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3556 Does Non-Alcoholic Steatohepatitis Independently Increase the Risk of Venous Thromboembolism?Clinically Relevant Abstract

Program: Oral and Poster Abstracts
Session: 904. Outcomes Research—Non-Malignant Conditions: Poster II
Hematology Disease Topics & Pathways:
Research, Clinical Practice (Health Services and Quality), Clinical Research, health outcomes research, real-world evidence, emerging technologies, Technology and Procedures
Sunday, December 11, 2022, 6:00 PM-8:00 PM

Maya Gogtay, MD1*, Mithil Gowda Suresh, MD2*, Yuvaraj Singh, MD2* and George M. Abraham, MD, MPH, MACP, FIDSA, FRCP2*

1Hospice and Palliative Care, University of Texas Health, San Antonio, San Antonio, TX
2Internal Medicine, Saint Vincent Hospital, Worcester, MA


Non-alcoholic fatty liver disease (NAFLD) is the most common cause of chronic liver disease. Studies have shown a strong association between NASH (non-alcoholic steatohepatitis) cirrhosis and portal vein thrombosis (PVT). Data is scarce on the association of NASH and venous thromboembolism (VTE), with one such study predicting a 2.5-fold increased risk for VTE in comparison to other liver diseases in hospitalized patients. The mechanism is believed to be hepatocellular injury causing a chronic inflammatory state leading to unregulated activation of procoagulant factors. There is no prior analysis of the degree of steatosis and fibrosis (measured on transient elastography, commonly known as Fibroscan®) in NASH patients and its association with VTE. We performed an analysis to study the risk of unexplained VTE in patients with NASH.


In our case-control study, we included patients with a documented diagnosis of NASH and excluded patients with inherited thrombophilia, hemoglobinopathy, malignancy, alcohol use disorder, autoimmune hepatitis, and primary biliary cirrhosis. Collected data included age, tobacco use, recreational drug use, medical history, and vibration-controlled transient elastography (VCTE) scores. Venous thromboembolism specific data included location, type of anticoagulant, need for hospital stay, and history of VTE recurrence. Steatosis was categorized as S0-S1 (mild) and S2-S3 (moderate to severe) based on the controlled attenuation parameter (CAP) score. Fibrosis was classified based on the kilopascal(KPA) score and graded as F0-F1 (metavir stage), F2, F3, and F4(cirrhosis). Chi-square and Mann-Whitney U tests were used for qualitative and quantitative variable analysis, respectively. Furthermore, we computed logistic regression using VTE as a dependent variable.


A total of 415 patients were analyzed, and 386 met the inclusion criteria (Figure 1). Fifty-one patients were in the VTE group and 335 in the non-VTE group. Patients with VTE had a mean age of 60.63 years compared to 55.22 years in the non-VTE group (p=0.014). Patients with VTE had a higher body mass index (31.14 kg/m² vs. 29.30 kg/m²) and a higher prevalence of diabetes mellitus (29.4% vs. 13.1%, p=0.002). The history of NASH was significantly higher in the VTE group (45.1% vs. 30.4%, p=0.037). Further, moderate to severe steatosis was significantly higher in the VTE group (66.7% vs. 47.2%, p=0.009). Similarly, the F2-F4 fibrosis grade had a higher prevalence of 58.8 % in the VTE group compared to 38.5% in the non-VTE group (p=0.006) (Table 1). On logistic regression, using VTE as a dependent variable, diabetes mellitus type II had an OR =1.702 (p = 0.015) and F2-F4 fibrosis grade had an OR = 2.5 (p=0.033).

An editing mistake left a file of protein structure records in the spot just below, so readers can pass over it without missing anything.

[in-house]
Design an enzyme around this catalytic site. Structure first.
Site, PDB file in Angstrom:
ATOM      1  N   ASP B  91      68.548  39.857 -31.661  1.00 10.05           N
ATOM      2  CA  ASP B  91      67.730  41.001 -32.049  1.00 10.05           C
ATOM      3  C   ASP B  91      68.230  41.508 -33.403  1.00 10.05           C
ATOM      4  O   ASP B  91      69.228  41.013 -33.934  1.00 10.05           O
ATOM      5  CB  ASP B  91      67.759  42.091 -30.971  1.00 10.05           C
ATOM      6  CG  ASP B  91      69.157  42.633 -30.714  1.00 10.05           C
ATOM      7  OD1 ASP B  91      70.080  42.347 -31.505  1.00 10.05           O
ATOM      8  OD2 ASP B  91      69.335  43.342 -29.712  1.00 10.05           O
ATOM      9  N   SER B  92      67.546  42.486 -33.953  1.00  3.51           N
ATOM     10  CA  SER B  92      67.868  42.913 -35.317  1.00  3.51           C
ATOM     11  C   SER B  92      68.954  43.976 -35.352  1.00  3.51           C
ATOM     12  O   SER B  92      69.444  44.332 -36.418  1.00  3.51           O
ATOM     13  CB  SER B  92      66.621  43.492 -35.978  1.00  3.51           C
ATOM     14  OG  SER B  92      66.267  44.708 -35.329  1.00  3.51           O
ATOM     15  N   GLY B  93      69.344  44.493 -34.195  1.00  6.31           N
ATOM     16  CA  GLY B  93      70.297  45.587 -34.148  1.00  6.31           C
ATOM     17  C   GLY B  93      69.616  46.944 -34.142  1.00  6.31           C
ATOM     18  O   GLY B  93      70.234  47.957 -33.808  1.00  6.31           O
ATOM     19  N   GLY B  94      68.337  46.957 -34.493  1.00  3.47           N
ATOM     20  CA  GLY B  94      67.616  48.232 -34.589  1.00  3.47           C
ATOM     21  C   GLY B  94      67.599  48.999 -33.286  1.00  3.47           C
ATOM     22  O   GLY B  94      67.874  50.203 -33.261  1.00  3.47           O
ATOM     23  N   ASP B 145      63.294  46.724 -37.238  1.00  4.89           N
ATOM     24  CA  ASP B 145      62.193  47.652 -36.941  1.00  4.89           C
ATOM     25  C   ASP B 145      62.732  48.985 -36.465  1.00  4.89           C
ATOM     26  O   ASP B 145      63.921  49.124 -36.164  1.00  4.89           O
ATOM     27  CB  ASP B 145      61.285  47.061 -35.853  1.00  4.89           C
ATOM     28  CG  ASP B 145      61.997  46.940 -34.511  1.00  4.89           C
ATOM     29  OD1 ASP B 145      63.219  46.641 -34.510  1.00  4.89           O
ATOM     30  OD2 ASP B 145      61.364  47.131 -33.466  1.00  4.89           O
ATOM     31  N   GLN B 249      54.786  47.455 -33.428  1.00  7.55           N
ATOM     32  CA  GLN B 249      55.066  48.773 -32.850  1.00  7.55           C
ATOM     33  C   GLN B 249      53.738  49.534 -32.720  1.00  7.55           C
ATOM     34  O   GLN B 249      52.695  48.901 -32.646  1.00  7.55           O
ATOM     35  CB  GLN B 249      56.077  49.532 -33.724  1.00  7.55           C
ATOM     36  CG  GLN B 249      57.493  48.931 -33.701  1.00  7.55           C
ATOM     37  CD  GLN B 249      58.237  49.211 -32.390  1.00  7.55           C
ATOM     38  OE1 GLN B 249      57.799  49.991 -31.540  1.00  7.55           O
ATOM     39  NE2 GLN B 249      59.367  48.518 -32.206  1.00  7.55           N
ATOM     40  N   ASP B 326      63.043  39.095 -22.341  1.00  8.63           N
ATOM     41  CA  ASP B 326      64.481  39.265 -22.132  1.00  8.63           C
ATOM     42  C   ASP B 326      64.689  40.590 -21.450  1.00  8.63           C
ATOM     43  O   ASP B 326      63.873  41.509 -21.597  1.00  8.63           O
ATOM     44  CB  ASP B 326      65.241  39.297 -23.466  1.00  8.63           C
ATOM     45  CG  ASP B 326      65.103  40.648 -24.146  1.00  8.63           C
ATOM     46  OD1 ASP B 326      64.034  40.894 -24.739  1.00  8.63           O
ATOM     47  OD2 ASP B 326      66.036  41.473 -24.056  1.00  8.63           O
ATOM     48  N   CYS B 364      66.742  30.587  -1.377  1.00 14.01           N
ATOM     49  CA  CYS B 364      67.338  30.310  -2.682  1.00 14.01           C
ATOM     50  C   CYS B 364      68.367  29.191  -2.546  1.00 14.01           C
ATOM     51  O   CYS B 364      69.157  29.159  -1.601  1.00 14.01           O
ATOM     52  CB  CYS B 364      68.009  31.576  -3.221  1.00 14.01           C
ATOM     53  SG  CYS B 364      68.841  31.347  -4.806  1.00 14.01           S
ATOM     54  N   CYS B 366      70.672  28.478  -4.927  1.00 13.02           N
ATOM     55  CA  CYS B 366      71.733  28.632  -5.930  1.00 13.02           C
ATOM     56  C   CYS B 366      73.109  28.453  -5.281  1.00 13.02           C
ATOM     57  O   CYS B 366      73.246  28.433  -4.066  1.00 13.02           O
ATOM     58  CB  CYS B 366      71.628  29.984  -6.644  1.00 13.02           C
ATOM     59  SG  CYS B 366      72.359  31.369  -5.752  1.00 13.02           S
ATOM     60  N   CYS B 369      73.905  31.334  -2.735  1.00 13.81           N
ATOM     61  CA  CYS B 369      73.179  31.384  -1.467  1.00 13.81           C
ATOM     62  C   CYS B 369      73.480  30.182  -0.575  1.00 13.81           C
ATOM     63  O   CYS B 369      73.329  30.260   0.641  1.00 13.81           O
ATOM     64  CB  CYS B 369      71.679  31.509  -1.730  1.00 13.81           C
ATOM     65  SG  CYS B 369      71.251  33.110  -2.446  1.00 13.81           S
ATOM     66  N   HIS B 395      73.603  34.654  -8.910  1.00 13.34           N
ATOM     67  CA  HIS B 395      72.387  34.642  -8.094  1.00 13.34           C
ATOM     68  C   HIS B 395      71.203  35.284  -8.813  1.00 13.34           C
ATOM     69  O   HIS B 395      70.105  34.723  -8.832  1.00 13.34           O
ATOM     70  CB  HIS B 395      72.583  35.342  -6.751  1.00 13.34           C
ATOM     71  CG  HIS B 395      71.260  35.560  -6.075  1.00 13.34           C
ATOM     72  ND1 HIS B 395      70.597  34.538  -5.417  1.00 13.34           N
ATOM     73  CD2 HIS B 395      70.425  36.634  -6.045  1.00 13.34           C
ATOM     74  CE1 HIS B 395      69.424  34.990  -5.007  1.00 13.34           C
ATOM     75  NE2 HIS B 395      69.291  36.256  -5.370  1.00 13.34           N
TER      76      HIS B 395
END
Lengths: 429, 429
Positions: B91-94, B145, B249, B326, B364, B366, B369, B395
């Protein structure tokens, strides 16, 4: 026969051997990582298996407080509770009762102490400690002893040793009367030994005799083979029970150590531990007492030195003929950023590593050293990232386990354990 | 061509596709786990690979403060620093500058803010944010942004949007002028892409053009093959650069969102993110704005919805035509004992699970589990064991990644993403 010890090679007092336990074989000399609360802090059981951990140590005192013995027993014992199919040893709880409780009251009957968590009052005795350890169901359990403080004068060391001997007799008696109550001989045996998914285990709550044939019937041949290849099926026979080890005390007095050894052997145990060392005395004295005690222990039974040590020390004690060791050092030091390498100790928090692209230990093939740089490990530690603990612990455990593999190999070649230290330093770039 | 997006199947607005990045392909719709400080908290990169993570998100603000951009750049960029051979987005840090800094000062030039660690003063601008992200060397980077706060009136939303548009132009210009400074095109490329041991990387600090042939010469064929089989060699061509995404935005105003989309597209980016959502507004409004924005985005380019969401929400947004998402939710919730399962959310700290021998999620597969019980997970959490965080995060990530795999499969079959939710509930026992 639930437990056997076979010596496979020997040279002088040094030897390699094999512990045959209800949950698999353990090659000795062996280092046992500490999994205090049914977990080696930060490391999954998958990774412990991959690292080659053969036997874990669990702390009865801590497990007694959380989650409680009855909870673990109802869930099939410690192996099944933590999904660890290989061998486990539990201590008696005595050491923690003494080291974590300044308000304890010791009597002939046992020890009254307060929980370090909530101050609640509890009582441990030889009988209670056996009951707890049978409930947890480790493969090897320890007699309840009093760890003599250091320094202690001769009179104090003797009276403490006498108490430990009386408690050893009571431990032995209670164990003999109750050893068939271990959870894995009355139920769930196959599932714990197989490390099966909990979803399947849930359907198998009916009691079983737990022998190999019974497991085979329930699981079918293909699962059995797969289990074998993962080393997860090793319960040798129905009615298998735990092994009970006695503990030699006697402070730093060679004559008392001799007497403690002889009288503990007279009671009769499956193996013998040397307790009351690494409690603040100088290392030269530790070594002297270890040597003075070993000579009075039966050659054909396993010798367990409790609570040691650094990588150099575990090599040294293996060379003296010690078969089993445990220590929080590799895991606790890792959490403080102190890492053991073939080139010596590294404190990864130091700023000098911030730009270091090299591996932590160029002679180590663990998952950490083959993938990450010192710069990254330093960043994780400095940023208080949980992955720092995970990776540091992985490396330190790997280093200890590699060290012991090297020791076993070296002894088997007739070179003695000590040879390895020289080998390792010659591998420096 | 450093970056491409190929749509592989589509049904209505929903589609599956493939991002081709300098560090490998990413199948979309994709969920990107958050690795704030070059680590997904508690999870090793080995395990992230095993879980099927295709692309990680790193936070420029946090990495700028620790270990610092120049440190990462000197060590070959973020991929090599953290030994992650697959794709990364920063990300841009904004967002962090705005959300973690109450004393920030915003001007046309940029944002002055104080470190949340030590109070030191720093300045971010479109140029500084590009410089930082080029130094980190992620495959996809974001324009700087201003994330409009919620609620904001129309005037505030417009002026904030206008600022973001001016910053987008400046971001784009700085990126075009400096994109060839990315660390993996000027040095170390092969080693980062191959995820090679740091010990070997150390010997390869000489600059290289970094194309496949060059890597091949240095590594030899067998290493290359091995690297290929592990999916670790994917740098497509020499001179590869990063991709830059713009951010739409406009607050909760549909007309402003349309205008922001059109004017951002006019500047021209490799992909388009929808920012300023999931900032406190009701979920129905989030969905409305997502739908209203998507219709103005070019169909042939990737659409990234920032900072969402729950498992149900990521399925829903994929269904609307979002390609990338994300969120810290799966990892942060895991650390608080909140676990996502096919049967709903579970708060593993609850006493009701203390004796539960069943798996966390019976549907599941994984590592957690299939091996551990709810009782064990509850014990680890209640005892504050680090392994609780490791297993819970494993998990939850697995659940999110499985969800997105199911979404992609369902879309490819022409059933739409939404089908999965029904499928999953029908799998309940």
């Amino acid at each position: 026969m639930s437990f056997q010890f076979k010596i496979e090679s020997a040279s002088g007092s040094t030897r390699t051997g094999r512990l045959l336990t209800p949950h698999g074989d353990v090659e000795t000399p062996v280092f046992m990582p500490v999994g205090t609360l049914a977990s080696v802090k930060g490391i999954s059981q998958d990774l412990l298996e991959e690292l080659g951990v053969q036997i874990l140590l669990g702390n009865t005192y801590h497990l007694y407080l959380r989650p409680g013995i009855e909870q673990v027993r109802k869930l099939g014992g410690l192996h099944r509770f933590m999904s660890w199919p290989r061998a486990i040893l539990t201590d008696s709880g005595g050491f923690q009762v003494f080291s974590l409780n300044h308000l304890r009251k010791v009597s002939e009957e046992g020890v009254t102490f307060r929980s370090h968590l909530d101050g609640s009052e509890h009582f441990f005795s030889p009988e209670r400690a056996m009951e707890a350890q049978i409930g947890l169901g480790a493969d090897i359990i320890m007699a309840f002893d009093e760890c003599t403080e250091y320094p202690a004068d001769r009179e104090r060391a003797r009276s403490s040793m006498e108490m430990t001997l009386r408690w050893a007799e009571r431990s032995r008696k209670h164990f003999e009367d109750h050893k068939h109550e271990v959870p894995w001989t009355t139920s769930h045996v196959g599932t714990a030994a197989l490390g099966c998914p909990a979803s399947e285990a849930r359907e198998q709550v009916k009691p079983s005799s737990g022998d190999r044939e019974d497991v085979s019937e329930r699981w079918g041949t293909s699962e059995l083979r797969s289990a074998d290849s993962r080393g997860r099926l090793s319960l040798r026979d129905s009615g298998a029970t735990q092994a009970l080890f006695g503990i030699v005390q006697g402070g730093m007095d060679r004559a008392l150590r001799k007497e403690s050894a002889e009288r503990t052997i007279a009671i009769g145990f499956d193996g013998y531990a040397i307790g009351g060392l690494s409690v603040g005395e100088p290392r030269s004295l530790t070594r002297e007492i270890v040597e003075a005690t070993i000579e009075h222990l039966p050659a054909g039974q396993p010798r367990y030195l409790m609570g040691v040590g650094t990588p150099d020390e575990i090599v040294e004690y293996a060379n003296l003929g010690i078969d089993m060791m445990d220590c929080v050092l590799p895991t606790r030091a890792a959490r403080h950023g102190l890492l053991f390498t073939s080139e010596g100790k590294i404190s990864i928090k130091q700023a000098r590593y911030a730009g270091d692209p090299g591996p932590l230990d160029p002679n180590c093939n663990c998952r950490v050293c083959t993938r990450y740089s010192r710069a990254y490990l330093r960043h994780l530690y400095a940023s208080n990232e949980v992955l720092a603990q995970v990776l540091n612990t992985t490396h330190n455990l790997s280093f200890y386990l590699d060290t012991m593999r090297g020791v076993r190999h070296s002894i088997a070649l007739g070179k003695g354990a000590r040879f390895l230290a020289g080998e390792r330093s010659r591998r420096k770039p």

In the VTE group, 58.8% had deep vein thrombosis (DVT), 17.6 % had superficial venous thrombosis (SVT), 13.7 % had pulmonary embolism (PE), 5.9% had portal vein thrombosis, and embolic stroke (3.9%). The most common location of VTE was the lower extremity (56.9%), followed by the upper extremity (19.6%). Right-sided VTE (66.7%) was more common and a majority of patients (74.5%) required hospital admission with 2% requiring ICU admission. Concerning anticoagulation 64.71% of patients were on direct oral anticoagulants (DOAC), 25.5% were on warfarin, and 84.3% of patients continued indefinite anticoagulation.


Our analysis shows that NASH is an independent risk factor for VTE, especially DVT. Demographics including gender, tobacco use, alcohol consumption, and ethnicity, were equally distributed between the two groups. There is a statistically significant association between the incidence of VTE and moderate to severe steatosis and fibrosis. The current management strategy for NASH includes abstinence from alcohol and intense lifestyle modification to lose weight. Newer medications like glucagon-like peptides (semaglutide) and bariatric surgery are other recommended modalities for weight loss. All hospitalized patients should be considered for medical thromboprophylaxis, particularly in those with NASH, where a high index of suspicion for VTE should be maintained even in the presence of thromboprophylaxis. Additional studies are needed to analyze the risk of bleeding in this patient population who continue indefinite anticoagulation. Another area of interest would be to determine the reversibility of VTE risk with appropriate management of NAFLD.

Disclosures: No relevant conflicts of interest to declare.

*signifies non-member of ASH